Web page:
REVIEW: ‘Justice League Infinity,’ Issue #3

Reading Time: 2 minutes

Justice League Infinity #3

Justice League Infinity #3 is written by J.M. DeMatteis and James Tucker, illustrated by Ethen Beavers, colored by Nick Fliardi, and lettered by Tom Napolitano. It is published by DC Comics. Part three of “The Crack’d Mirror” introduces an alternate version of the Justice League called the Justice Alliance, which resides on Earth-D. When the Justice Alliance encounters an interdimensional rift, their Superman is teleported to the same alternate dimension as the Justice League’s Superman; the Justice League is also dealing with a rift in their dimension and the captive Overman.

This series marks the appearance of another version of the Justice League, and the Justice Alliance’s members are inspired by various comics. First and foremost, Earth-D’s Superman is visually inspired by Calvin Ellis, aka President Superman; Ellis has also played a part in DC’s other multiverse-spanning series Infinite Frontier. Justice Alliance’s Batman bears a resemblance to how the Dark Knight appears in Batman: The Brave and the Bold-another DC Animated series that Tucker and DeMatteis worked on-and Wonder Woman is a Black Amazon named Unatti who is married to this world’s Superman. The fun of alternate universes is seeing how radically different specific versions of a character can turn out, and this series is leaning into that.

DeMatteis and Tucker also handle the various intersecting plotlines with ease, which continues to feel like an extended episode of Justice League Unlimited. Overman continues to be a problem as he escapes his confinement and battles the League to a standstill. Superman has to work to convince General Zod, and his rebels that he isn’t as much of a threat as Overman was, especially since they bear a striking resemblance to each other. And other elements such as the Green Lantern/Hawkgirl/Vixen relationship and Batman’s feelings for Wonder Woman are touched upon. This mix of action and character dynamics is what made Justice League Unlimited such a great show, so I’m glad to see that DeMatteis and Tucker are continuing to utilize it.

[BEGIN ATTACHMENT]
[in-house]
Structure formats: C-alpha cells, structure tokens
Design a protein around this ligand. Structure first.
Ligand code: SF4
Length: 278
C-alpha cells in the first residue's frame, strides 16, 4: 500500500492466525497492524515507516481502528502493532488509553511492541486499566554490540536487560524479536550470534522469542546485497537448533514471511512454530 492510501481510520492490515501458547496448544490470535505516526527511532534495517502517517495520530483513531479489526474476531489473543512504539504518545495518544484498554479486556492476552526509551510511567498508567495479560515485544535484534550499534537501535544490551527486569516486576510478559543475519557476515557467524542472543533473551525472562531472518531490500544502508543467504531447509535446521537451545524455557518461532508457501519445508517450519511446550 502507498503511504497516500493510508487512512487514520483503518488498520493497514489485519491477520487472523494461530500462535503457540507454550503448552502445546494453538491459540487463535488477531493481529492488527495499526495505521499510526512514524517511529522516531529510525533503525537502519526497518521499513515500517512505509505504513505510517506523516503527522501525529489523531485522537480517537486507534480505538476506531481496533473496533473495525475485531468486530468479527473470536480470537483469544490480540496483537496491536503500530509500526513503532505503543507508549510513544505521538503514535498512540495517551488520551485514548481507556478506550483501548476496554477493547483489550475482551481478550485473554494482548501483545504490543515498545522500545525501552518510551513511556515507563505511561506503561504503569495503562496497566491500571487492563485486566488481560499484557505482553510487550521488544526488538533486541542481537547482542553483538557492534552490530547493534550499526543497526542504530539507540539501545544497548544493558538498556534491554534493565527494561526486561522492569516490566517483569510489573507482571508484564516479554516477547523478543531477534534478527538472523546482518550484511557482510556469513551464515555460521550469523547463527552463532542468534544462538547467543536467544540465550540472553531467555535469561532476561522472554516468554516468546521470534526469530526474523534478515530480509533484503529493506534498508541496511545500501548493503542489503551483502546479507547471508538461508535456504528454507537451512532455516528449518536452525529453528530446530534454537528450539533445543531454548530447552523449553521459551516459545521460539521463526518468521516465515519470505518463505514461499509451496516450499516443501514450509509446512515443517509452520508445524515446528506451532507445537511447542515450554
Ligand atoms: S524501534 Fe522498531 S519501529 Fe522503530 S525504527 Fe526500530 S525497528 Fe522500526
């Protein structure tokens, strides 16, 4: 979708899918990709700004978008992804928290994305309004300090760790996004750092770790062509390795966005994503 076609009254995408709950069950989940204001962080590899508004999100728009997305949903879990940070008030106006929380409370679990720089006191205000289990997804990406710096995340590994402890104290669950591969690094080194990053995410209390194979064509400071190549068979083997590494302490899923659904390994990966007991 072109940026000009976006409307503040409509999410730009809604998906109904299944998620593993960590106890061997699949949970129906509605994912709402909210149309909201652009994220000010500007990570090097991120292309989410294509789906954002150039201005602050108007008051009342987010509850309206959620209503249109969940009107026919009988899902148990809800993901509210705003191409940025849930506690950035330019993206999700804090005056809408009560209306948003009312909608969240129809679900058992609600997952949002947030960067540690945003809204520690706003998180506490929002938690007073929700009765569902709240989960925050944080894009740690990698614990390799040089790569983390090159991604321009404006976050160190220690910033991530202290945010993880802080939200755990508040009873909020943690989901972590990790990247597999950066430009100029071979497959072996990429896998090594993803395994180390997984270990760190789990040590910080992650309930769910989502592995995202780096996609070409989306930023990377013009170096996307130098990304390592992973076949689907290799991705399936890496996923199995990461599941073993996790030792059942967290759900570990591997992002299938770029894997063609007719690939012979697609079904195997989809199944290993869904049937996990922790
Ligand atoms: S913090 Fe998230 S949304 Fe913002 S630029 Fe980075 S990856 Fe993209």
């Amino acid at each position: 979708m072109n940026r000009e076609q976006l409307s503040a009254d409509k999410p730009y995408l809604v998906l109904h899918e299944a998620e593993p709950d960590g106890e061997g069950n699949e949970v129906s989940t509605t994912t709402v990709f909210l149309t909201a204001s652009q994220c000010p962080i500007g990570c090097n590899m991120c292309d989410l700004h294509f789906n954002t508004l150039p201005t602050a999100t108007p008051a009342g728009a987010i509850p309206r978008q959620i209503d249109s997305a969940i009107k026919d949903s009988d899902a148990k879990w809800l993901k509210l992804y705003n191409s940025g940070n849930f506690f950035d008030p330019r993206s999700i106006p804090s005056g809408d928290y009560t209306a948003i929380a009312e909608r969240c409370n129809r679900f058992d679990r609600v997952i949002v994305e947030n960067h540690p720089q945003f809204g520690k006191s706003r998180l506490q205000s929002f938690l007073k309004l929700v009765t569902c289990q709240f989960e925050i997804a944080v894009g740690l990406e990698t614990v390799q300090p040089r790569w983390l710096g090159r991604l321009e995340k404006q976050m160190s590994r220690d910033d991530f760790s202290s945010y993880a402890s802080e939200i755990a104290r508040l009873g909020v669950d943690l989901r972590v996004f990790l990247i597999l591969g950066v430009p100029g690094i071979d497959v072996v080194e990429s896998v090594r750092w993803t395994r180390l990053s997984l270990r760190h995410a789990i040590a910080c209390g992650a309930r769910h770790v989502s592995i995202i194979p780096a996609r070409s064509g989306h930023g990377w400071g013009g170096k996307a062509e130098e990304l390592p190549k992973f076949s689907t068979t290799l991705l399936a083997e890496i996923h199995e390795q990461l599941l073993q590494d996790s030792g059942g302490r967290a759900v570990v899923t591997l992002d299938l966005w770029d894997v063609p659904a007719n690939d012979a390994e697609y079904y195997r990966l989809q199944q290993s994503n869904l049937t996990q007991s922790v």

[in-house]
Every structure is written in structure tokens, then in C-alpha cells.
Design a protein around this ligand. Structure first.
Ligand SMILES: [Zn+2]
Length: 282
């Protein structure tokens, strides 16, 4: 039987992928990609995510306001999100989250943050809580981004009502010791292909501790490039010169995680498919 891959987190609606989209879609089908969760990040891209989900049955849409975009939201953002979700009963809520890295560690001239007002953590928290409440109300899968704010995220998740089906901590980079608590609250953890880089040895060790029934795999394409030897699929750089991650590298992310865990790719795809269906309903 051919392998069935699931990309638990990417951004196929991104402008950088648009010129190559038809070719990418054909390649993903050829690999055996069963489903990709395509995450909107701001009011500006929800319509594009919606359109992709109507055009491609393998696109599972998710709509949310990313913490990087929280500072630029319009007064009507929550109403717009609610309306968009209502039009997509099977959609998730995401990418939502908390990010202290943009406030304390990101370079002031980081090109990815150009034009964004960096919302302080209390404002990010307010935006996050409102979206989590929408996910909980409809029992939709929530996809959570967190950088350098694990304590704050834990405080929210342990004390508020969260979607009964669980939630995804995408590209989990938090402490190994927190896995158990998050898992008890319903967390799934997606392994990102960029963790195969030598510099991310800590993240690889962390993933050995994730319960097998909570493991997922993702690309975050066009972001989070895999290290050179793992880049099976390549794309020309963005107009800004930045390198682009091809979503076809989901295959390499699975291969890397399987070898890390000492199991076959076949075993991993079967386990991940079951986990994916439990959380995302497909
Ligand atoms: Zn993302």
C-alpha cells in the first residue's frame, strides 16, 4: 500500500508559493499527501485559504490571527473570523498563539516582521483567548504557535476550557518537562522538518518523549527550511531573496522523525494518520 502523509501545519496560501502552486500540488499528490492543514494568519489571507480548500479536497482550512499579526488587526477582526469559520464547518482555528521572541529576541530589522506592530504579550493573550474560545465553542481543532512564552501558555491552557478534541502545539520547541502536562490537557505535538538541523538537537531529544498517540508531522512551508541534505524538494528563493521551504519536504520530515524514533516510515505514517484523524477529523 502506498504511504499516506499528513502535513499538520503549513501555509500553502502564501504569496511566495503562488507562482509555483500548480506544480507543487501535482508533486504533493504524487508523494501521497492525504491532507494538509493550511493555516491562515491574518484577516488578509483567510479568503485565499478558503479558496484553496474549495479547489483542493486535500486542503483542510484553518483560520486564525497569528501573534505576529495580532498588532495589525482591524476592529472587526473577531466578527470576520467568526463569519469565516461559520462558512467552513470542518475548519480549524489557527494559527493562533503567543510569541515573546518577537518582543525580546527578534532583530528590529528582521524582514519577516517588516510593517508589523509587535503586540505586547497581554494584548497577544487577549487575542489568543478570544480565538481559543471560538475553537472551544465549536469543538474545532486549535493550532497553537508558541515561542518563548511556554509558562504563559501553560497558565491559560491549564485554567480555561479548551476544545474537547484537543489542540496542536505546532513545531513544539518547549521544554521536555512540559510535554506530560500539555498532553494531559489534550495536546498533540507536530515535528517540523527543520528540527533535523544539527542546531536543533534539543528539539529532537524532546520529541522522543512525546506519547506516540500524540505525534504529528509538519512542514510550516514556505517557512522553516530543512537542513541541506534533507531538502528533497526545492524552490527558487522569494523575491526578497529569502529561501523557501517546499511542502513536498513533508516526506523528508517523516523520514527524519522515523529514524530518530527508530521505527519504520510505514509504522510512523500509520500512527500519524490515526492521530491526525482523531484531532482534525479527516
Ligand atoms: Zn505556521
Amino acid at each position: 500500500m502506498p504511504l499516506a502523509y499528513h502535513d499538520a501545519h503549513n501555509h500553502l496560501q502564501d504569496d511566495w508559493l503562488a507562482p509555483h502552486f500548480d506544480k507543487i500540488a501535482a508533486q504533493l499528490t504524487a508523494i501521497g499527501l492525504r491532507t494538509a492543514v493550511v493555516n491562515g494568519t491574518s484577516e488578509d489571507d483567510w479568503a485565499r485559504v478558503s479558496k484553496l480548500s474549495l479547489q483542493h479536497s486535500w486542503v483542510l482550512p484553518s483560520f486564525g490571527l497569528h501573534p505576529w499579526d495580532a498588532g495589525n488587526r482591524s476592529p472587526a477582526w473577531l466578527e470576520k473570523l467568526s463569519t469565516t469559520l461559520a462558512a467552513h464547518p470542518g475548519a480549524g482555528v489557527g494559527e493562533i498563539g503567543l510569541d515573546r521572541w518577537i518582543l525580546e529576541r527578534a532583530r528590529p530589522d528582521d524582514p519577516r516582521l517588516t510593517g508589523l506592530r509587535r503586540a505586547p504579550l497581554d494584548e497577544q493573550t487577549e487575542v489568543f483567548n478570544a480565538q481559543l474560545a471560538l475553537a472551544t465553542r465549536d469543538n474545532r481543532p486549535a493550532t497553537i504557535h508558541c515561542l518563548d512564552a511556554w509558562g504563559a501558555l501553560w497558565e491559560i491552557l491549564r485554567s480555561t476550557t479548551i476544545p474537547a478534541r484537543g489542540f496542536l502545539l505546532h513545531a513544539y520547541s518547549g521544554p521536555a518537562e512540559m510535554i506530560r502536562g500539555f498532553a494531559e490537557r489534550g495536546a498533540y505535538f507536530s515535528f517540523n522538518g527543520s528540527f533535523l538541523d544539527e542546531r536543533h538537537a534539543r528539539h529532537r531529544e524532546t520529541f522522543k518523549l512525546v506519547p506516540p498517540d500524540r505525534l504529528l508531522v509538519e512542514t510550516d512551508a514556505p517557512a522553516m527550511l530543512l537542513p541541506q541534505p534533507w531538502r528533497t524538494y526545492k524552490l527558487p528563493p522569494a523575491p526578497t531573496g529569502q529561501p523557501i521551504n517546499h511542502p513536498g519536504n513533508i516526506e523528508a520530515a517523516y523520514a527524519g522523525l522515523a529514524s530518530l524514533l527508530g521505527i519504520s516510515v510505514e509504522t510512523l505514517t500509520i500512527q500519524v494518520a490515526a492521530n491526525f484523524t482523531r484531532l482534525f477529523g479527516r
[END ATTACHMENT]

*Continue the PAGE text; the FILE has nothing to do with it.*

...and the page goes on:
The cherry on top is Beavers and Filardi’s work, which brings the DC Animated Universe’s sensibilities to a whole new set of characters. While Superman-D’s outfit resembles the armored Superman costume that Calvin Ellis wears, Unatti’s Wonder Woman suit boasts more gold accents similar to Gal Gadot’s Wonder Woman costume. The Justice League even build a new shimmering gold version of their Javelin craft, cleverly named the Infinity-1 Javelin; its design is similar to the Ultima Thule that President Superman and the members of Justice Incarnate use in battle. Filardi’s colors also bring a pop to specific scenes, including Green Lantern using his ring to subdue a raging Overman and a fiery red teleportation effect when Superman-D finds himself on Nazi Earth.

Justice League Infinity #3 continues to live up to the series’ title by introducing a new version of the Justice League and continuing to break down reality. With the surprise appearance of a feared villain from the DC Animated Universe, it’s clear that the creative team intends to use the multiverse’s unraveling as a way to further the story of Justice League Unlimited while going in unexpected directions. I cannot wait to read the next issue.

Justice League Infinity #3 is available now wherever comics are sold.

 

Justice League Infinity #3
5

TL;DR

Justice League Infinity #3 continues to live up to the series’ title by introducing a new version of the Justice League and continuing to break down reality. With the surprise appearance of a feared villain from the DC Animated Universe, it’s clear that the creative team intends to use the multiverse’s unraveling as a way to further the story of Justice League Unlimited while going in unexpected directions. I cannot wait to read the next issue.